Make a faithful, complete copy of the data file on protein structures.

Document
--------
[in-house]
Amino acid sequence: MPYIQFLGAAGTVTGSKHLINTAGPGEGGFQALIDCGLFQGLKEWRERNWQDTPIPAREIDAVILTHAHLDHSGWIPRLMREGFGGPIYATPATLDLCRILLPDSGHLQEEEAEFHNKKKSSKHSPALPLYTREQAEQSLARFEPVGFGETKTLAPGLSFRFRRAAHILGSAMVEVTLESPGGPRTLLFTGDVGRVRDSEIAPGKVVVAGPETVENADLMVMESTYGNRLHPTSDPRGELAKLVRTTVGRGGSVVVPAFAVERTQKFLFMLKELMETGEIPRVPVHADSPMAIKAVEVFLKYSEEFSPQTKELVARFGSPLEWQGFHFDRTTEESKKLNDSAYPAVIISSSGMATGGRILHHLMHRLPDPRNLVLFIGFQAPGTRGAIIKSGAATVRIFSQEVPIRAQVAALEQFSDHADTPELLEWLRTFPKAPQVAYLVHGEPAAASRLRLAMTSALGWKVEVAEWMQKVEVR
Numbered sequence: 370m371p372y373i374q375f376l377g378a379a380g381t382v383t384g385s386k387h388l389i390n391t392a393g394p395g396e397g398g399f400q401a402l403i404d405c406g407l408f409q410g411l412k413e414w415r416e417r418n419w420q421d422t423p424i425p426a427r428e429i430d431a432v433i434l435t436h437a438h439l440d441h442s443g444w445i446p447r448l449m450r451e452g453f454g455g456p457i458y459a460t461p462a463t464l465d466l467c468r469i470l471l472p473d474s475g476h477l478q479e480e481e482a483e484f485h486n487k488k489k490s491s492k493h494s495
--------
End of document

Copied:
[in-house]
Amino acid sequence: MPYIQFLGAAGTVTGSKHLINTAGPGEGGFQALIDCGLFQGLKEWRERNWQDTPIPAREIDAVILTHAHLDHSGWIPRLMREGFGGPIYATPATLDLCRILLPDSGHLQEEEAEFHNKKKSSKHSPALPLYTREQAEQSLARFEPVGFGETKTLAPGLSFRFRRAAHILGSAMVEVTLESPGGPRTLLFTGDVGRVRDSEIAPGKVVVAGPETVENADLMVMESTYGNRLHPTSDPRGELAKLVRTTVGRGGSVVVPAFAVERTQKFLFMLKELMETGEIPRVPVHADSPMAIKAVEVFLKYSEEFSPQTKELVARFGSPLEWQGFHFDRTTEESKKLNDSAYPAVIISSSGMATGGRILHHLMHRLPDPRNLVLFIGFQAPGTRGAIIKSGAATVRIFSQEVPIRAQVAALEQFSDHADTPELLEWLRTFPKAPQVAYLVHGEPAAASRLRLAMTSALGWKVEVAEWMQKVEVR
Numbered sequence: 370m371p372y373i374q375f376l377g378a379a380g381t382v383t384g385s386k387h388l389i390n391t392a393g394p395g396e397g398g399f400q401a402l403i404d405c406g407l408f409q410g411l412k413e414w415r416e417r418n419w420q421d422t423p424i425p426a427r428e429i430d431a432v433i434l435t436h437a438h439l440d441h442s443g444w445i446p447r448l449m450r451e452g453f454g455g456p457i458y459a460t461p462a463t464l465d466l467c468r469i470l471l472p473d474s475g476h477l478q479e480e481e482a483e484f485h486n487k488k489k490s491s492k493h494s495